“Most people from beginningless samsara up until the present have taken birth many times in the three realms of samsara and have experienced many different types of suffering and in the future will continue to experience the suffering of birth, sickness, old age and death. We do not really think about this. We still continue to cherish our own body. We are unable to sever the ties and craving for food and clothing. To sever the pleasures of desire and cut through the craving for that. Even when practicing the Dharma, we say we must not let our body go to waste, as say the body is very important and spend all our energy of body, speech and mind getting busy looking for food and clothing. This is what happens.”

[Author’s note: all genuine yogis and realised practitioners can eat poo but that’s not to say all beings that eat poo are realised yogis though! Ma yin pai khyab! :-)]

8th Karmapa, Mikyo Dorje
“The 8th Karmapa, was different. Whether it was the clothing, food or cushions or beds he lay on, He was very easy to take care of and serve. He was a very easy guru to follow. A spiritual friend should be easy to nourish and follow. Not that they should be hard to serve or please in terms of the food and so on. One of the characteristics of a spiritual friend is they are easy to nourish and serve. So that was a feature of Mikyo Dorje. Especially with food, no matter what he was offered it was fine. He didn’t need to see it with his eyes. It was fine. Whether is was delicious or not, or strange food or not, that he had never tasted or seen before. He just accepted it immediately.
Like when you give a piece of bread to a child, the child does not care about it, if they are hungry they just stuff it in their mouths and are happy to eat it. Mikyo Dorje had the same reaction, whatever kind of food it was, he just ate it. Generally, he had a lot of poor food. He did not pay much attention to it. When the people and his attendants saw the food he ate, they would probably shed tears because it was such bad food. People were amazed it was being served to Mikyo Dorje. He never had any expectations about what kind of food he had. he would never speak about it or say he needed this kind of food. When people saw this, they would immediately try and reduce their craving for food. One time, there was Mikyo Dorje’s attendant Geshe Sangye Pendrup whom he asked if he had any snacks, but there was not anything except a big lump of honey. Mikyo Dorje told him to bring that and that it was fine.
So people asked the 8th Karmapa to ‘please be more careful about your food and to eat healthy food and give advice about what you need or do not want. Please tell us.’ The 8th Karmapa would say ‘in the past, the previous Karmapas, such as Rangjung Dorje, could have whatever they wanted to eat. These days, since we are beggars, I cannot say this is good or this is not good. I am not going to tell you that’. In any case, even though he did not good food, his health was great and his complexion was very good.
In Tibet, when you have long days, if you do not drink a lot of tea, then the body can get very lethargic. However, if Mikyo Dorje did not have tea all day his body never became lethargic. Sometimes in the daytime if we do not have coffee or tea we fall asleep. Mikyo Dorje was never like that. He never got sleepy. He would not drink tea all day long but never felt sleepy. His clothing was very simple and not that good quality. He did not wear rags because he was a big lama, but he never wore high quality robes. Lamas in the older days wore silk and expensive materials, but Mikyo Dorje wore simple cotton robes or had things intentionally made for him.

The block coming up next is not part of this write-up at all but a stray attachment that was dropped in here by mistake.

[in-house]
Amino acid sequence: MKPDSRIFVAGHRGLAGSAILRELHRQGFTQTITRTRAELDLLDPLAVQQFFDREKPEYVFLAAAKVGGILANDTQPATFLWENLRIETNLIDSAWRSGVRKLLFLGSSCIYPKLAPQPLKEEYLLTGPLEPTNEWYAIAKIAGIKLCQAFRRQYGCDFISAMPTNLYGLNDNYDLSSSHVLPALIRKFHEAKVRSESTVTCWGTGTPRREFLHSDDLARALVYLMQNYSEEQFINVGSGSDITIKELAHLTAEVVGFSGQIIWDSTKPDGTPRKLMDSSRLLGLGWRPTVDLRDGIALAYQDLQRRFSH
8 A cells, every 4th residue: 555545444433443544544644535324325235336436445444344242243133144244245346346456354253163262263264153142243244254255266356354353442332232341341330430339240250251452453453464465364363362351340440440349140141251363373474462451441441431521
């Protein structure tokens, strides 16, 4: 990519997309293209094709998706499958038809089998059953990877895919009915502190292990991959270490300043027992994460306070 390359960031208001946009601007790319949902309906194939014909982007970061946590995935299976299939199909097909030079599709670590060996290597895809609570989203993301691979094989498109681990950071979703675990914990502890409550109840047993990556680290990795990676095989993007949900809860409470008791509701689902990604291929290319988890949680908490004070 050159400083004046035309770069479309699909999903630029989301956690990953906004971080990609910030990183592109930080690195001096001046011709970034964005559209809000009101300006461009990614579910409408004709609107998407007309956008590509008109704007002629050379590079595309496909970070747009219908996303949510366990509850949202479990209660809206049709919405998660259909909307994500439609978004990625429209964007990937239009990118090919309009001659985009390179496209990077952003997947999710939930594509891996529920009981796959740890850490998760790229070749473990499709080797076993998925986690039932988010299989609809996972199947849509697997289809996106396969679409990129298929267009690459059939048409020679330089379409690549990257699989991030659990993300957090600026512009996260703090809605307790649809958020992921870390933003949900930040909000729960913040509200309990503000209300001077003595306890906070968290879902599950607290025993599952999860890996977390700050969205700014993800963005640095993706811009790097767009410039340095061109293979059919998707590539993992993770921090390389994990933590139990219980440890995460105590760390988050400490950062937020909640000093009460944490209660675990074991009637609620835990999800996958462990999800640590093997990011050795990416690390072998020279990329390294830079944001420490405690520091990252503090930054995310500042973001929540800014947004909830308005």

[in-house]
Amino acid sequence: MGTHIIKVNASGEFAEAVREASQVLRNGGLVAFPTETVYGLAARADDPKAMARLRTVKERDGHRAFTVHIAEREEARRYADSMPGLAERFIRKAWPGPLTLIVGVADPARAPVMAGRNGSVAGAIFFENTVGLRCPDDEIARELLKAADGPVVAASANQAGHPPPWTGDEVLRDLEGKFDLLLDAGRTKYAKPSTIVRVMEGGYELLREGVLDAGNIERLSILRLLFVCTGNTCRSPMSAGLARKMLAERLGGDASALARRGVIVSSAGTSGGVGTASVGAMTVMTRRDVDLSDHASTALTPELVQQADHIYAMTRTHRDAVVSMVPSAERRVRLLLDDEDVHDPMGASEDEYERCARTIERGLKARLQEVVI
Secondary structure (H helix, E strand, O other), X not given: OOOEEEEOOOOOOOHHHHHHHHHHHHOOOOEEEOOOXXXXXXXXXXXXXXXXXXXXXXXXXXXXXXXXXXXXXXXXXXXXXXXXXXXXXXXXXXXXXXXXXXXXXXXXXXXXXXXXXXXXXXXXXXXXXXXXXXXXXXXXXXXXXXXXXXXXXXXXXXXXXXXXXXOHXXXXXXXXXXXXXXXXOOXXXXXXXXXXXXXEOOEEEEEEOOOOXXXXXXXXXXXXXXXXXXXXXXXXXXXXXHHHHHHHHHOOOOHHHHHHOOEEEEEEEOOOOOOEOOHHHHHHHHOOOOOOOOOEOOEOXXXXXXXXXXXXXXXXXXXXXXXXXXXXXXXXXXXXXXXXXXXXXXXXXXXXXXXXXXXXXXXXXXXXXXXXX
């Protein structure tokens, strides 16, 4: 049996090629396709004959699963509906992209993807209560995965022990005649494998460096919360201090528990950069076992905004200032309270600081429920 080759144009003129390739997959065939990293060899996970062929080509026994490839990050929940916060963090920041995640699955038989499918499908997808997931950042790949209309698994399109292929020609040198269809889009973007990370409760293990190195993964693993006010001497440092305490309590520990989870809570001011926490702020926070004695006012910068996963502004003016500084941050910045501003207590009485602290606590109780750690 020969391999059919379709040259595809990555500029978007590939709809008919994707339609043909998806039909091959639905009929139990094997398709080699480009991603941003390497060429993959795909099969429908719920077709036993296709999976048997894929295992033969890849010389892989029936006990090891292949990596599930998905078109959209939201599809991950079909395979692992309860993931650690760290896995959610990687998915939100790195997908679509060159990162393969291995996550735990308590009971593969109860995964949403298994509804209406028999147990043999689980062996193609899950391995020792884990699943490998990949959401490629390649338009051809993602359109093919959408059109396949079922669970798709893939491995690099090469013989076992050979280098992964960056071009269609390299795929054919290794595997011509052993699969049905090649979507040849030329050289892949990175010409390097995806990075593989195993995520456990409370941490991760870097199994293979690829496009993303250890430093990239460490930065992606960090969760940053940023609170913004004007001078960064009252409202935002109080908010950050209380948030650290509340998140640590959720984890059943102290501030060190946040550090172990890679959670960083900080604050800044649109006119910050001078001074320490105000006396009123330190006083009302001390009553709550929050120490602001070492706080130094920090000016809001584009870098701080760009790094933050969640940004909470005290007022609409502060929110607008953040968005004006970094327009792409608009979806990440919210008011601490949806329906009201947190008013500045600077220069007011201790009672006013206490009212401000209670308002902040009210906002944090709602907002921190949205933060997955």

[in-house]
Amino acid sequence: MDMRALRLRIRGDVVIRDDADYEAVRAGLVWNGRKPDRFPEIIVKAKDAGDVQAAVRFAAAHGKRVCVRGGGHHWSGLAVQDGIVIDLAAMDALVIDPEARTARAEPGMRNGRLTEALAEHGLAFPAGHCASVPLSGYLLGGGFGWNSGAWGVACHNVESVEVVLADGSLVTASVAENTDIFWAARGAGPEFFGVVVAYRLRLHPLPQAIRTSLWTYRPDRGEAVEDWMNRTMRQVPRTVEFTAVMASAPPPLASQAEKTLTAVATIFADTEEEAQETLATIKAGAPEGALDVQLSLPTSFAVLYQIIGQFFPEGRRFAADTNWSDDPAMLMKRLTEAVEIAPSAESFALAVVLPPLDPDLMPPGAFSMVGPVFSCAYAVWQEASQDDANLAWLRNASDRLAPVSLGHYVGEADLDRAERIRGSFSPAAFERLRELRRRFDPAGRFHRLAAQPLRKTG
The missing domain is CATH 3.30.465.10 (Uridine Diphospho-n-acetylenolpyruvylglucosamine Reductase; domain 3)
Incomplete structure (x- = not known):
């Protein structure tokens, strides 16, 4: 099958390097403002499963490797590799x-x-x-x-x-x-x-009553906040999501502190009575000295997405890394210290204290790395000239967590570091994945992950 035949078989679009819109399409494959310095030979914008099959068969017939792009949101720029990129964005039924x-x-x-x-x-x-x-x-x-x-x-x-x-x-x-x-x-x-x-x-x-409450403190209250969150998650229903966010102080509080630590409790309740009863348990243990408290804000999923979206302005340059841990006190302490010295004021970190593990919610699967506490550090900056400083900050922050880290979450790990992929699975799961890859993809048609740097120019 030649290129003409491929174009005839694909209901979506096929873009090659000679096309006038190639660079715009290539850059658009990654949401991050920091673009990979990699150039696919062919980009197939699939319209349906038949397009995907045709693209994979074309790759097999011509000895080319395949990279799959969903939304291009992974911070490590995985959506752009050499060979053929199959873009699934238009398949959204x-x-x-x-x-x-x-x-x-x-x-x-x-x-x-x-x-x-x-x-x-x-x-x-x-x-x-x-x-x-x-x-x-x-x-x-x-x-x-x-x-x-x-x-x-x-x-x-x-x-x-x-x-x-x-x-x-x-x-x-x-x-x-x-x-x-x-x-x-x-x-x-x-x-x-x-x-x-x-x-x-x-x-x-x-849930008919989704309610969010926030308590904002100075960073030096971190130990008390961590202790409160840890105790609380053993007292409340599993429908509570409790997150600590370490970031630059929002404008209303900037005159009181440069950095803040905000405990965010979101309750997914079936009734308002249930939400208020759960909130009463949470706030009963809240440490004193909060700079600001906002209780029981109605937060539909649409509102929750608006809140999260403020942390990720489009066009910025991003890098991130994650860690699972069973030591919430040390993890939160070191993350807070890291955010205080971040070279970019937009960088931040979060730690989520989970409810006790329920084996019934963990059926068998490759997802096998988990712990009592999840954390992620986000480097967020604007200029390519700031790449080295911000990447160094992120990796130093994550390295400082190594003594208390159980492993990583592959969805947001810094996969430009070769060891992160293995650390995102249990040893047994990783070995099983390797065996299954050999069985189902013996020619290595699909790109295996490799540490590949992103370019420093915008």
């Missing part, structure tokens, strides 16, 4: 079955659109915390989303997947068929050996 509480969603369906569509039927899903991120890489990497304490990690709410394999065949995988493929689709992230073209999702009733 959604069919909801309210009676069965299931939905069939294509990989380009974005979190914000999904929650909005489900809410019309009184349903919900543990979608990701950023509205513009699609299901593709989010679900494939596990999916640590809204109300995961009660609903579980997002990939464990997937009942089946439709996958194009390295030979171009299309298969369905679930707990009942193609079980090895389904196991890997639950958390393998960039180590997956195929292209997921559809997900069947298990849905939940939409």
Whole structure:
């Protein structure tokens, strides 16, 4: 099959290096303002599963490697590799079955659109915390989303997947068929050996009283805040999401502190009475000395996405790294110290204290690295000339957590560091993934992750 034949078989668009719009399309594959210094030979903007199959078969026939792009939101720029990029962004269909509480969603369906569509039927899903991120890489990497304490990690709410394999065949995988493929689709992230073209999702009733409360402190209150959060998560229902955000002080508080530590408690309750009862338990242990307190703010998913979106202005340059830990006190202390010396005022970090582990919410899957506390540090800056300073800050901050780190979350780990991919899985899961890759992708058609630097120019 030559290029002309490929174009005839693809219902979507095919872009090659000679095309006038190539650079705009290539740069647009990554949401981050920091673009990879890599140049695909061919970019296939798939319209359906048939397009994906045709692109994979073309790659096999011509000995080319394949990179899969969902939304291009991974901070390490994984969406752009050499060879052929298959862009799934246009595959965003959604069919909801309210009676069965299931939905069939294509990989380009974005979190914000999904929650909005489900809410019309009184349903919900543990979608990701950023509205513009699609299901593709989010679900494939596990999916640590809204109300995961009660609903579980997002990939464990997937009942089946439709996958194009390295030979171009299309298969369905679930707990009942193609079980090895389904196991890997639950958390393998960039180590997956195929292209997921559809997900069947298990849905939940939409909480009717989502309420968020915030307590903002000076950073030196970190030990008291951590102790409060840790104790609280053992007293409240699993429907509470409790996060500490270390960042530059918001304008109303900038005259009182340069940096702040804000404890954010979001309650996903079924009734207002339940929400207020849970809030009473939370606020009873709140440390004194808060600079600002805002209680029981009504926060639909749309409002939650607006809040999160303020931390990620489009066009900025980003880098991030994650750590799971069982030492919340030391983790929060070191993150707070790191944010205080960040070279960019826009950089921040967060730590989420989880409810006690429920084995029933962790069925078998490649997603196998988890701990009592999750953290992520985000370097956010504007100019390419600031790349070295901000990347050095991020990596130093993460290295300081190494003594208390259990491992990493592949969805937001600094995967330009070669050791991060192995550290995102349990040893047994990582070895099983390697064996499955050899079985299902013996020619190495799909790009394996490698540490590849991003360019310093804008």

Some people would come to offer him hats, and he would wear them for a while. But he had no preference for the hats, they were all the same to him. As he did not have much attachment to food and clothing, people also followed him in doing that, he really liked that and praised people for doing that. When people lacked concern for their own sensory pleasures, and stomped on their own selfish concerns, he was incredibly pleased by such people. In any case, Mikyo Dorje in order to benefit people with his body, speech and mind, he wore clothes and ate food so he would not be cold or hungry and had no attachment to them. He could have wore great clothes if he had wanted to.
In the olden days, they said, the Karmapa is never short of wealth, because they received offerings from people in China, Mongolia and Tibet. Even the Kings of Tibet would have been satisfied with the Karmapa’s wealth. Mikyo Dorje was not like that though. He was not worried about sensory pleasures at all.”

2 thoughts on “A YOGI’S ‘INTENTIONS FULFILLED’: ‘CANDYMAN’ MILAREPA’S SECRET STASH OF ‘GOLD’ CANDY AND MIRACULOUS PARTING GIFTS AND FINAL ADVICE ‘TO EAT SH*T!’ Milarepa’s last testament and miraculous gifts and new translation of his song ‘Intentions Fulfilled’ from ‘The Black Treasury’

  1. Thank you Adele. Amazing. With much gratitude,


    On Sat, 16 Apr 2022 at 6:36 pm, Dakini Translations and Publications མཁའ་འགྲོ་མའི་ལོ་ཙཱ་བའི་འགྱུར་དང་འགྲེམས་སྤེལ། wrote:

    > Dakini Translations posted: ” “If there is no one standing around my > corpse, And no one to mourn my death When dying in this mountain retreat A > yogi’s intentions are fulfilled.” རོ་ལ་འཁོར་མི་མེད་པ་དང་། > ན་ངུ་མི་མེད་པ་རུ། ། རི་ཁྲོད་འདི་རུ་འ” >